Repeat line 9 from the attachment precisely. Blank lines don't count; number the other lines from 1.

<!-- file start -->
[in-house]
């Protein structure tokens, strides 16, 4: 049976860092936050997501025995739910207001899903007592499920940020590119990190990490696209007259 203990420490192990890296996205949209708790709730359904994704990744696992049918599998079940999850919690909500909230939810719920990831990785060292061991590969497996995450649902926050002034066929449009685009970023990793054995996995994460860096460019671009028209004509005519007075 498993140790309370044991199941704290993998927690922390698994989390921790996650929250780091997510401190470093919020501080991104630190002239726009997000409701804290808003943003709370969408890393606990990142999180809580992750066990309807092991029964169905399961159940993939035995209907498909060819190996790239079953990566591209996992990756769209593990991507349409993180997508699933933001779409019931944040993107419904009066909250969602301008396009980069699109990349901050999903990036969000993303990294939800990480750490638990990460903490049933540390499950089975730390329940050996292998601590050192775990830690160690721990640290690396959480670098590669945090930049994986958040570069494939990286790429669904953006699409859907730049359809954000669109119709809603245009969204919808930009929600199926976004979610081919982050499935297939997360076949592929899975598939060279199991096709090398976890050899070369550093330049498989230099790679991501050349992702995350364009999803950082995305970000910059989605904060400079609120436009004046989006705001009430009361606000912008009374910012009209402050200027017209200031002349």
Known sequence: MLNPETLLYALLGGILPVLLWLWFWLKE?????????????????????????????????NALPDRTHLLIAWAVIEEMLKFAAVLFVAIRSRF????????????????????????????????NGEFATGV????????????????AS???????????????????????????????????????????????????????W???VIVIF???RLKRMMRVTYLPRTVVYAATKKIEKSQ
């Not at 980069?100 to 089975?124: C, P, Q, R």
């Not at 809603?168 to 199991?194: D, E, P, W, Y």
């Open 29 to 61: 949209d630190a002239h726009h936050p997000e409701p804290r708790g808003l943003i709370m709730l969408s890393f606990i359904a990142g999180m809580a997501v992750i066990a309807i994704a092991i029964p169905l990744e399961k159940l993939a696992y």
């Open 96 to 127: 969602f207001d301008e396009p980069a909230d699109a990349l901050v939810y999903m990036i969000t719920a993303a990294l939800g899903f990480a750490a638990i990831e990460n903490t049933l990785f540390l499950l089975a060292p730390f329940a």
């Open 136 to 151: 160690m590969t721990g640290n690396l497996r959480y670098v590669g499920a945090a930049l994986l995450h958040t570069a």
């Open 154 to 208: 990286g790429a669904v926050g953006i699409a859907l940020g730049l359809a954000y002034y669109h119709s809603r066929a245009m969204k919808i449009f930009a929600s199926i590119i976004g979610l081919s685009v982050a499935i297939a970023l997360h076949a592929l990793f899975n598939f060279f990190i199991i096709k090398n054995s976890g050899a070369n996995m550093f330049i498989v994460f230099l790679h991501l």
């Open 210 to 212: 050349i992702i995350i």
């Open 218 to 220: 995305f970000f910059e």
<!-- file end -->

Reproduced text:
């Open 154 to 208: 990286g790429a669904v926050g953006i699409a859907l940020g730049l359809a954000y002034y669109h119709s809603r066929a245009m969204k919808i449009f930009a929600s199926i590119i976004g979610l081919s685009v982050a499935i297939a970023l997360h076949a592929l990793f899975n598939f060279f990190i199991i096709k090398n054995s976890g050899a070369n996995m550093f330049i498989v994460f230099l790679h991501l």